Following is the list of commonly used terms during Nuclear Security Summit 2016.
Section I: The Nuclear Security Summit
Communiqué: The public summary statement issued following the Summit that describes the consensus position of participants and puts forth commitments for future action.
House Gift: A national commitment or accomplishment that strengthens nuclear security.
Gift Basket: Specific nuclear security commitments from a subset of Summit participants, often in the form of a joint statement.
Sherpa: Sherpas are the officially designated officials who represent their governments in preparations for the Nuclear Security Summits. Their tasks include planning the Summit’s content and agenda and negotiating consensus documents.
Washington Work Plan: Created at the first Nuclear Security Summit in 2010, the Washington Work Plan provides detailed guidance for concrete national and international actions to implement the pledges in the 2010 Washington Communiqué.
Section II: The Global Nuclear Security Architecture
Convention on the Physical Protection of Nuclear Material (CPPNM): The CPPNM provides for state cooperation in the protection, recovery, and return of stolen nuclear material, and obligates that states criminalize certain activities involving the misuse or threatened malicious use of nuclear material, including as extraditable offenses. It also requires that member states take appropriate steps to protect nuclear material in international transit. The CPPNM entered into force in 1987.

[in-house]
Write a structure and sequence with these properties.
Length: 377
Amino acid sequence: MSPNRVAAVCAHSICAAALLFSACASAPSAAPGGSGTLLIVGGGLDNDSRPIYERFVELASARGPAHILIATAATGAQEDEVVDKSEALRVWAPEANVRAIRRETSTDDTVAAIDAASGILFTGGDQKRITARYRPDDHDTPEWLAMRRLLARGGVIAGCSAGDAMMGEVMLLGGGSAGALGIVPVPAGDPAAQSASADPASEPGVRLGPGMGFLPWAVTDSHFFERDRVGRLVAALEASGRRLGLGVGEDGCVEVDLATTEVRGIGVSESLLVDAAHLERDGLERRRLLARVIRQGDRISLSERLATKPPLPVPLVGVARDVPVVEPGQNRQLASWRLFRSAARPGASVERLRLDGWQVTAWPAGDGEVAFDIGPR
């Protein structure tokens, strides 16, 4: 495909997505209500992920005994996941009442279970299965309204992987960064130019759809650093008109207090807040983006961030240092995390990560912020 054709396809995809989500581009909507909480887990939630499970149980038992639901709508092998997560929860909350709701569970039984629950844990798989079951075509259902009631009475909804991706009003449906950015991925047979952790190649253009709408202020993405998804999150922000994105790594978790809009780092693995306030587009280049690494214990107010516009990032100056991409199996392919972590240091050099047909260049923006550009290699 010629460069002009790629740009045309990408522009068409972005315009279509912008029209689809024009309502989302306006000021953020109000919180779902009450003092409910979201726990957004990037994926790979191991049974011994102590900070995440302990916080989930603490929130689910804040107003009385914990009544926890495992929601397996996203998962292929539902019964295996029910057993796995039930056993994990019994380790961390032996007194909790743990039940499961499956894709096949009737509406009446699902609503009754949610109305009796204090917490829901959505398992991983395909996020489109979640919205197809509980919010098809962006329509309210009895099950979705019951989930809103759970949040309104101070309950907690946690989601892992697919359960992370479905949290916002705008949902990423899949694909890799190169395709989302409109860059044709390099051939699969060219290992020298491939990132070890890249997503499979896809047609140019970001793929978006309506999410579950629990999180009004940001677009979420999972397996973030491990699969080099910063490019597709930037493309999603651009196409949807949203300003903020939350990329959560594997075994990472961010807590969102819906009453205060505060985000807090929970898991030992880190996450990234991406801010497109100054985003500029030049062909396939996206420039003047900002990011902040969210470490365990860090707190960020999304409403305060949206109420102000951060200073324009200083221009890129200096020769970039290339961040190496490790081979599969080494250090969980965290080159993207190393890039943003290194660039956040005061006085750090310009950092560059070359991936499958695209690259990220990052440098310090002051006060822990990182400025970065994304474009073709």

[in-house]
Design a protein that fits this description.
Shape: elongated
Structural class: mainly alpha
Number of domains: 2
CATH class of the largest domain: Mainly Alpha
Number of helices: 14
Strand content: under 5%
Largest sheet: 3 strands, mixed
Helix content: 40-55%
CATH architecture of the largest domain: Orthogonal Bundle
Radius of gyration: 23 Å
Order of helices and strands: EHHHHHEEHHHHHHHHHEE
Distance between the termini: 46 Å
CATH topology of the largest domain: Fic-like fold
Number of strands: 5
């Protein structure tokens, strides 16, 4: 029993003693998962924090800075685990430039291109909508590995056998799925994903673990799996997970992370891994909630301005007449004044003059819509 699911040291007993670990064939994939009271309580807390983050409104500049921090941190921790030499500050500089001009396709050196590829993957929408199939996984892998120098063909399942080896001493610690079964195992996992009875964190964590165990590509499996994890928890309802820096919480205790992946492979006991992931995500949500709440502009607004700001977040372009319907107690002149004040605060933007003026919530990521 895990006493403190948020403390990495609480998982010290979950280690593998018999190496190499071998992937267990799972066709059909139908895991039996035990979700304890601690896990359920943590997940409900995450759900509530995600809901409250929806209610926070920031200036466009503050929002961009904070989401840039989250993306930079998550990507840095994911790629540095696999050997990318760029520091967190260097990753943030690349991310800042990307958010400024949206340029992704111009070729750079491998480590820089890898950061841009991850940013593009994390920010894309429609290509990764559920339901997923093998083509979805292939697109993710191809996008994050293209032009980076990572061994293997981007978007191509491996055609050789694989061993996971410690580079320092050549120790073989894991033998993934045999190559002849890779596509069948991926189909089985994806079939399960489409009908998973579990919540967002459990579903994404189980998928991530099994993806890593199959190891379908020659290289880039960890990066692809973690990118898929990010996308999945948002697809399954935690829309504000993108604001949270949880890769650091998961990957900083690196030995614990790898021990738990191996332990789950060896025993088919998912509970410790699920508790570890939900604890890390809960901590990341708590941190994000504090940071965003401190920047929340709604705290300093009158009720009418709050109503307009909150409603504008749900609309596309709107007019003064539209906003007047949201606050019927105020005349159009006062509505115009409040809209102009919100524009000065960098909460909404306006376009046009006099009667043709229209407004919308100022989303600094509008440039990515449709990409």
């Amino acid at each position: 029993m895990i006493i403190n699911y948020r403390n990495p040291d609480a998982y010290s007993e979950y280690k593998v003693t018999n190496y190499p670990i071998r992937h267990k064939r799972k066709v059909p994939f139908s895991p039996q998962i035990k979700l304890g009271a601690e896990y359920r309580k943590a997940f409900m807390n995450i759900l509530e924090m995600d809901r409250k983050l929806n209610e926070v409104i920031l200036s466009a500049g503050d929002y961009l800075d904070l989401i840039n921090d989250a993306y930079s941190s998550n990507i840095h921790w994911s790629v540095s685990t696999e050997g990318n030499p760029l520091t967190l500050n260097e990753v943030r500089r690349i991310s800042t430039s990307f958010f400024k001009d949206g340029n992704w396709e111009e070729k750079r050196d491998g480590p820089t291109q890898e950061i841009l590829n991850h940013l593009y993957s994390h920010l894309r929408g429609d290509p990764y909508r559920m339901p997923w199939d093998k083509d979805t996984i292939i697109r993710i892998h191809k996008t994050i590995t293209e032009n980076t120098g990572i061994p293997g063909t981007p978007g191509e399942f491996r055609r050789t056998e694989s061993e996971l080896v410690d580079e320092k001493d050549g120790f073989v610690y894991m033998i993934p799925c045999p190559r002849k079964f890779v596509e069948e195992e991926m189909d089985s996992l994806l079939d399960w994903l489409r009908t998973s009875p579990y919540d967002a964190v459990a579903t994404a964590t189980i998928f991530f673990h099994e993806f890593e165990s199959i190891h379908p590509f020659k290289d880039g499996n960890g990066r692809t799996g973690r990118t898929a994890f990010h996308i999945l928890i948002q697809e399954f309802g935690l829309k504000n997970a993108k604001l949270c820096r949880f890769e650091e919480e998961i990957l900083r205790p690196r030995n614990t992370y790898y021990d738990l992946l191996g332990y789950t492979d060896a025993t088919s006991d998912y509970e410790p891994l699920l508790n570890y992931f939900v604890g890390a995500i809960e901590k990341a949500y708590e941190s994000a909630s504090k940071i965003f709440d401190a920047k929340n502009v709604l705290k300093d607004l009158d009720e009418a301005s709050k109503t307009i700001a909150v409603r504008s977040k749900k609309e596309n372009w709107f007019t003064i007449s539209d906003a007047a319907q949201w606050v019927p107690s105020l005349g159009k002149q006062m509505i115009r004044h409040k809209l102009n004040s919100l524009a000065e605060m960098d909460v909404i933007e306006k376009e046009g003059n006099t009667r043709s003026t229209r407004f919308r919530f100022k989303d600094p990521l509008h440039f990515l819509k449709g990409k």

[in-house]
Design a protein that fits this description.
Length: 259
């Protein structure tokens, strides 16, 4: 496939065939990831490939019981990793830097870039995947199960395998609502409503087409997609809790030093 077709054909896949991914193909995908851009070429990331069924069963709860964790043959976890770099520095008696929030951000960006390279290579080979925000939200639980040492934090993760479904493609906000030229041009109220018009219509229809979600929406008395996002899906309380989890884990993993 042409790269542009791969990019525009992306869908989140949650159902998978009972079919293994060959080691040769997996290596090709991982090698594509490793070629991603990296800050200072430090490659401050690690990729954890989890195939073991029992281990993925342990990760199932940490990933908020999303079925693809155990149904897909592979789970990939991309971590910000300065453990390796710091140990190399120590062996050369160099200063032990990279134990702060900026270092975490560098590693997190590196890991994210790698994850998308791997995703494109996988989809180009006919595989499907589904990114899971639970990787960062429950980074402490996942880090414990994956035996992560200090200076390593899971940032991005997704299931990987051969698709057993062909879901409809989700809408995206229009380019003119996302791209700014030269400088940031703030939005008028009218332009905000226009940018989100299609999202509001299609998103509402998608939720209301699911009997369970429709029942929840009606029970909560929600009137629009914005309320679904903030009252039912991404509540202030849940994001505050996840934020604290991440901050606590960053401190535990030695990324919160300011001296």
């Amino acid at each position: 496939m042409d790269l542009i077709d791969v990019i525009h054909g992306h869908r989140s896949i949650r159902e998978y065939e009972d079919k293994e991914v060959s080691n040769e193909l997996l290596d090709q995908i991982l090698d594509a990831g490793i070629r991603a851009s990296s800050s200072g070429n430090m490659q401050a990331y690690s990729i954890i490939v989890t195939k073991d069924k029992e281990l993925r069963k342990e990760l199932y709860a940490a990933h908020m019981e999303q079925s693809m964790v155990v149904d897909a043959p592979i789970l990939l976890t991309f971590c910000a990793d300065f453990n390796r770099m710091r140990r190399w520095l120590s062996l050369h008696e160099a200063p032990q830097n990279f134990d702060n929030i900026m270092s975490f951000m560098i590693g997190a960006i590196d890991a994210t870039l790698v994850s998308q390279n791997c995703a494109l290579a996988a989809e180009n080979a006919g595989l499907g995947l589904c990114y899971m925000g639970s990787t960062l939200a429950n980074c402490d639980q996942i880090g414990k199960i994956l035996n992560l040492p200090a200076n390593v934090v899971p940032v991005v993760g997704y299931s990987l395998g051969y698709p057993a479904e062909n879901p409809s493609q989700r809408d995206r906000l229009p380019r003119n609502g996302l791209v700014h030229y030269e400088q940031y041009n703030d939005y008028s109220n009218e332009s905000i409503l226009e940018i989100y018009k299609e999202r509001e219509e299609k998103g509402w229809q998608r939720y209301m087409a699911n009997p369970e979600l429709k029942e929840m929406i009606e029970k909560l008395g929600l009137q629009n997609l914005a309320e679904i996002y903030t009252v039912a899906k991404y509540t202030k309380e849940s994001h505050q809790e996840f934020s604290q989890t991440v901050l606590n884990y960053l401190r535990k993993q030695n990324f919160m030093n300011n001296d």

2005 Amendment to the Convention on the Physical Protection of Nuclear Material (CPPNM/A): The CPPNM/A strengthens the original treaty in a number of ways, including by imposing requirements for the physical protection of nuclear material for peaceful purposes in domestic use as well as in domestic and international transport. It will enter into force once two-thirds of the CPPNM’s members ratify the Amendment.
Global Initiative to Combat Nuclear Terrorism (GICNT): The Global Initiative to Combat Nuclear Terrorism (GICNT) is a voluntary international partnership of 86 nations and five official observer organizations that are committed to strengthening global capacity to prevent, detect, and respond to nuclear terrorism. The GICNT enables partners to cooperate on the plans, policies, procedures, and interoperability measures that help to reduce the threat of nuclear or radiological terrorism.
Global Partnership Against the Spread of Weapons and Materials of Mass Destruction (“Global Partnership”): The Global Partnership began at the 2002 Group of Eight (G8) Summit as a working group of the G8, now G7. It was originally a 10-year, $20 billion initiative to prevent terrorists or states that support them from acquiring or developing weapons of mass destruction (WMD). The GP was extended in 2011 and has grown to include 29 partner countries and has allocated well over $21 billion worldwide to cooperative projects in WMD threat reduction, such as dismantling nuclear submarines, destroying chemical weapons, chemical security, bio-security, redirecting scientists and engineers with WMD experience to peaceful purposes, and improving national border facilities.
IAEA Nuclear Security Series: A series of publications by International Atomic Energy Agency (IAEA) experts that address nuclear security issues relating to the prevention and detection of, and response to, theft, sabotage, unauthorized access and illegal transfer or other malicious acts involving nuclear material and other radioactive substances and their associated facilities.